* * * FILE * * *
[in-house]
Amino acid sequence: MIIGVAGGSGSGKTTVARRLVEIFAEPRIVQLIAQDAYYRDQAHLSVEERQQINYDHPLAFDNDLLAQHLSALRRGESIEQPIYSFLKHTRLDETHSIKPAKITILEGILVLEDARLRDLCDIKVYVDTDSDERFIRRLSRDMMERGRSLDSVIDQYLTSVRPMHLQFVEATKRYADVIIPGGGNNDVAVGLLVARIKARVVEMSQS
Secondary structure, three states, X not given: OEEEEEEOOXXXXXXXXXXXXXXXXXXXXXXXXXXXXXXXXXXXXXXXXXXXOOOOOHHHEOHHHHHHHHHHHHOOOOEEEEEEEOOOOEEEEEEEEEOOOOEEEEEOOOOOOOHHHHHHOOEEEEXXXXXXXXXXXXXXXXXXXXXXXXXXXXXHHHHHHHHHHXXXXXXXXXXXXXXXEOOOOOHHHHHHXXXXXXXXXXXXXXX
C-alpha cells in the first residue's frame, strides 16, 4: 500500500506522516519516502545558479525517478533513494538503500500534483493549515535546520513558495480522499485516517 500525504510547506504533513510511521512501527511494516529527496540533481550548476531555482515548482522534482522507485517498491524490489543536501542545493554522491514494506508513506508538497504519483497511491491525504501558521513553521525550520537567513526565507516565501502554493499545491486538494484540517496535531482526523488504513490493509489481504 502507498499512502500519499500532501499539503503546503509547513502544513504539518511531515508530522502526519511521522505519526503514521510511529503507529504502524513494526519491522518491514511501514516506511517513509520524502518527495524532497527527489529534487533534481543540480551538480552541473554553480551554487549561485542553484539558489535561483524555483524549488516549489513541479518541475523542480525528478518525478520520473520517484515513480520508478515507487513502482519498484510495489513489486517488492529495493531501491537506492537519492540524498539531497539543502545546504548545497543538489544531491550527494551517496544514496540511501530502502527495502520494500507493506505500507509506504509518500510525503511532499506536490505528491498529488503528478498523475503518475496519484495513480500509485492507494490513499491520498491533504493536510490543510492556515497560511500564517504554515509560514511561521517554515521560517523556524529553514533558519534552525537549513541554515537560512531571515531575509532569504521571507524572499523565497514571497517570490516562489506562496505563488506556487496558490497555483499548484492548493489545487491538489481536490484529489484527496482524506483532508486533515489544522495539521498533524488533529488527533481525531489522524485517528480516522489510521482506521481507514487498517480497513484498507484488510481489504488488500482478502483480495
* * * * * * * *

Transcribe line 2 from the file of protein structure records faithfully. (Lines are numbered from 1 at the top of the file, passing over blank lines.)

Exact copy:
Amino acid sequence: MIIGVAGGSGSGKTTVARRLVEIFAEPRIVQLIAQDAYYRDQAHLSVEERQQINYDHPLAFDNDLLAQHLSALRRGESIEQPIYSFLKHTRLDETHSIKPAKITILEGILVLEDARLRDLCDIKVYVDTDSDERFIRRLSRDMMERGRSLDSVIDQYLTSVRPMHLQFVEATKRYADVIIPGGGNNDVAVGLLVARIKARVVEMSQS